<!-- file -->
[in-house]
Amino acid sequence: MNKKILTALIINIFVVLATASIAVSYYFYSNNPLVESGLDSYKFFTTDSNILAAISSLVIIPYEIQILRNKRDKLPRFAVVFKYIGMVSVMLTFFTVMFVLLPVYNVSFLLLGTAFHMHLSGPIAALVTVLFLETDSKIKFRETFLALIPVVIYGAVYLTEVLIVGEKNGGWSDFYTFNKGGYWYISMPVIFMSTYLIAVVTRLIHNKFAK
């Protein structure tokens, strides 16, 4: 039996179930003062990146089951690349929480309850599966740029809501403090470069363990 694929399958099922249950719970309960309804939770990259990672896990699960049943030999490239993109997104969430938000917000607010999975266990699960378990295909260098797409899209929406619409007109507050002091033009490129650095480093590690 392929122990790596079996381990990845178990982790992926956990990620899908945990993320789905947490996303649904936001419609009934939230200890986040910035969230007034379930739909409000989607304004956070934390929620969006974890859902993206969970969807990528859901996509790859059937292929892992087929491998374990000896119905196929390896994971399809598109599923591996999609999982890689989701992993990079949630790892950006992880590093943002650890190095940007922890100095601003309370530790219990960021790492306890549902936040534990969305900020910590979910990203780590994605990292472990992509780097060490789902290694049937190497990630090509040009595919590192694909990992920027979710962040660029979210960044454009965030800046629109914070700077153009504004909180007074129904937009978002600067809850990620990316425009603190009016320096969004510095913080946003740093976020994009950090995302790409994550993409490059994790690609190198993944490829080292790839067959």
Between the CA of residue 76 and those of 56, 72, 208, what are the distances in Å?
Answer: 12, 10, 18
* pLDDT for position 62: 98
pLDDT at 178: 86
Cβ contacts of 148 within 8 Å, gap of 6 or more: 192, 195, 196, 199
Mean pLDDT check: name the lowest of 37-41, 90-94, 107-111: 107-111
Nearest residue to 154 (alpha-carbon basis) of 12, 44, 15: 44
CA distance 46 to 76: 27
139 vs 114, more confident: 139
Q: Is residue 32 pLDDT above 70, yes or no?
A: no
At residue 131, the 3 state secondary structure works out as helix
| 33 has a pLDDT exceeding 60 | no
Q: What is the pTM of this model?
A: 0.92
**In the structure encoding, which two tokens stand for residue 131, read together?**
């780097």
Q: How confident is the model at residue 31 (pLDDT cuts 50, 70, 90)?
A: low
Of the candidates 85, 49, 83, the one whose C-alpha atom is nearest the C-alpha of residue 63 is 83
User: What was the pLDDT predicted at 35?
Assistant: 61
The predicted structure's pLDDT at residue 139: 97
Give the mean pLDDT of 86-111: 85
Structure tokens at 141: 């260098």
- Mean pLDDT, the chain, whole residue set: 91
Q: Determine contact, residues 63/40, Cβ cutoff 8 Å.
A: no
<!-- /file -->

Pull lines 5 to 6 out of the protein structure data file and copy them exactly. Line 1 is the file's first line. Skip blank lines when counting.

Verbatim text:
Answer: 12, 10, 18
* pLDDT for position 62: 98